The Great Orme farmer involved in a court case that spectacularly collapsed just days into the trial has issued a heartfelt thanks to the farming community who supported him through his 17-month nightmare.

Daniel Jones won tenancy of the National Trust-owned Parc Farm on the Great Orme headlands in 2016 but went on to face 20 charges brought by Conway County Borough Council’s Trading Standards department.

Also Read: £1 farm tenant cleared of Trading Standards charges

The 41-year-old expressed his gratefulness to both local residents and the farming community as a whole who sent him messages of encouragement and warmth throughout his ordeal.

Jones said: “The emails, texts and phone calls I received from people who didn’t even know me were such great support to me and really made me feel that I wasn’t alone during what has been the most terrifying year and a half of my life.

I haven’t slept properly in 17 months, as the situation has been on my mind 24/7. I was terrified I’d lose absolutely everything I’ve been working towards since leaving school.

“The lowest point was probably when the letter from the prosecution arrived with 20 charges on it.

“I looked at the charges and worked out the maximum sentence I could be given for each, and realised I was potentially looking at years in prison, and the very real fear that I wouldn’t see my 11-year-old son growing up into a man.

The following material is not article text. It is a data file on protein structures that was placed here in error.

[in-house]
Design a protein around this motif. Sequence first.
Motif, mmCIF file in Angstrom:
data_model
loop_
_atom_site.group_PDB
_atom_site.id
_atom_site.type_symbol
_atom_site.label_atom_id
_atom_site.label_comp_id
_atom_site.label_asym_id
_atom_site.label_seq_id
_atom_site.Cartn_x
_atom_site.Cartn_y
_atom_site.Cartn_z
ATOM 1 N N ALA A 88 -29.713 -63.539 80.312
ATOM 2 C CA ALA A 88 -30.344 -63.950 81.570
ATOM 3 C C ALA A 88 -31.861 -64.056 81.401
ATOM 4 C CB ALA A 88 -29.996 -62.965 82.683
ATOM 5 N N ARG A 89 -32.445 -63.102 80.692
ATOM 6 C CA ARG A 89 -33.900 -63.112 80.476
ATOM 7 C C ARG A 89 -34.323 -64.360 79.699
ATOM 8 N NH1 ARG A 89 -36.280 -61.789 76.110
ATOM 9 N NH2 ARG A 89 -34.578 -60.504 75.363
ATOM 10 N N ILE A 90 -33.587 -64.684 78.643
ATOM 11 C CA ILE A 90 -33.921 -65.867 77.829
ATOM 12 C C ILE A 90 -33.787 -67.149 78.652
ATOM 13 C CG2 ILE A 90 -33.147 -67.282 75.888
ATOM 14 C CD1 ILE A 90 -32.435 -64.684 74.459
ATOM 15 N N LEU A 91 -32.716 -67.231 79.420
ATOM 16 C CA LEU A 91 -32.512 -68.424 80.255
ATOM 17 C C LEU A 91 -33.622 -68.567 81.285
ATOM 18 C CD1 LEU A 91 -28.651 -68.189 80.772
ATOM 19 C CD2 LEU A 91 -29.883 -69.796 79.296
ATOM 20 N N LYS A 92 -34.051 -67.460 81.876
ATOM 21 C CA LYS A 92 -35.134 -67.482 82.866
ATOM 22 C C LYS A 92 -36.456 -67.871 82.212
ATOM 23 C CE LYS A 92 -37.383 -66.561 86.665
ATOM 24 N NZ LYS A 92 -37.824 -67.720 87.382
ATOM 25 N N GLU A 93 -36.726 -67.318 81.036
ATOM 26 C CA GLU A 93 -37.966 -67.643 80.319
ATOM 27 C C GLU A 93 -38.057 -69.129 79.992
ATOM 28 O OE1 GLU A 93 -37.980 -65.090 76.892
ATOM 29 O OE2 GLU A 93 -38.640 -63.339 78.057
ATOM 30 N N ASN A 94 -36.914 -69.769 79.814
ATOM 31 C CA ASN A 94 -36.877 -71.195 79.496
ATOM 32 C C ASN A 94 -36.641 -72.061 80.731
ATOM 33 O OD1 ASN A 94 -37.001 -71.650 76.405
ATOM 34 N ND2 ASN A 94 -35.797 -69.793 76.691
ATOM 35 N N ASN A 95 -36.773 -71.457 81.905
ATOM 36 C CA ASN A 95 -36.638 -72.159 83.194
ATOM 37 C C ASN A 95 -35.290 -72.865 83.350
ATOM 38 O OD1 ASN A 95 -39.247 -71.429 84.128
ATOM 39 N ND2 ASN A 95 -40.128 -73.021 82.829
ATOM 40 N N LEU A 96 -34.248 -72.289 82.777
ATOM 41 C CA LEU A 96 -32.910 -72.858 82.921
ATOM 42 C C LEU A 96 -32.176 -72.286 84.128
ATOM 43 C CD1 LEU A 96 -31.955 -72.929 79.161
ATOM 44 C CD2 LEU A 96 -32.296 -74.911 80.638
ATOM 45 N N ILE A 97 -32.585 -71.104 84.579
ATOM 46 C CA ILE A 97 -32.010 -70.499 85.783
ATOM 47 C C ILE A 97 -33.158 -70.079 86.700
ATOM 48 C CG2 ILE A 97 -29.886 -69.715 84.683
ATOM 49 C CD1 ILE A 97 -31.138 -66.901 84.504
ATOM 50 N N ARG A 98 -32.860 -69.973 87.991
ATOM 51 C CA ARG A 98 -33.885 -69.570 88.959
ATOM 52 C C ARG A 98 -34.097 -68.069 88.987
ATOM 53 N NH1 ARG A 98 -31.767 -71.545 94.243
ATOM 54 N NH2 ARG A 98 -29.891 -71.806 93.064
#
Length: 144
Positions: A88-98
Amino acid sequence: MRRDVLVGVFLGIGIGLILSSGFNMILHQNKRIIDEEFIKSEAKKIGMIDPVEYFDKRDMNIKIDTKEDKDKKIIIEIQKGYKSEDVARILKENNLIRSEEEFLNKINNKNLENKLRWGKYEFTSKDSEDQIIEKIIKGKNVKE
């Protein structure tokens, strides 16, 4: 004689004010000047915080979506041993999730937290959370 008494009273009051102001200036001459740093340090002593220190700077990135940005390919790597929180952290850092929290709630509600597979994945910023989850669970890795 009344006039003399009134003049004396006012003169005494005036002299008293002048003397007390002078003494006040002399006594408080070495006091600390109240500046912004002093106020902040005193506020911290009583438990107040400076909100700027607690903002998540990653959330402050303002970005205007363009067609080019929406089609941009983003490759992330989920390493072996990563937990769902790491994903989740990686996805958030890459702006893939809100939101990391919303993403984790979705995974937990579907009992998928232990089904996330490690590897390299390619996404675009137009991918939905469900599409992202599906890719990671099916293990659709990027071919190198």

“Hearing from people who believed in me meant the world and I can’t thank them enough.”

Jones also spoke of how those nearest to him helped him through his darkest days.

He said: “I would like to thank my friends and family for all their support, the National Trust for all the faith they’ve shown in me, and the Farmers’ Union of Wales for their technical and practical support. I would also like to thank the wider farming community, all of whom have sent me hundreds of messages of support, and my solicitor, David Kirwan, without whom I would not be where I am today.

I would urge any other farmers facing investigation by Trading Standards to seek legal advice immediately in order to avoid finding themselves in a situation that could escalate at a terrifying pace.

Jones said that following the not guilty verdict, he is now looking forward to getting back to work and completing his original plans for the farm.

“I came here for 10 years to improve the habitat and conservation areas of the Great Orme,” he said. “And I now have seven-and-a-half years left. This whole experience has made me even more determined to finish the job I came here to do.”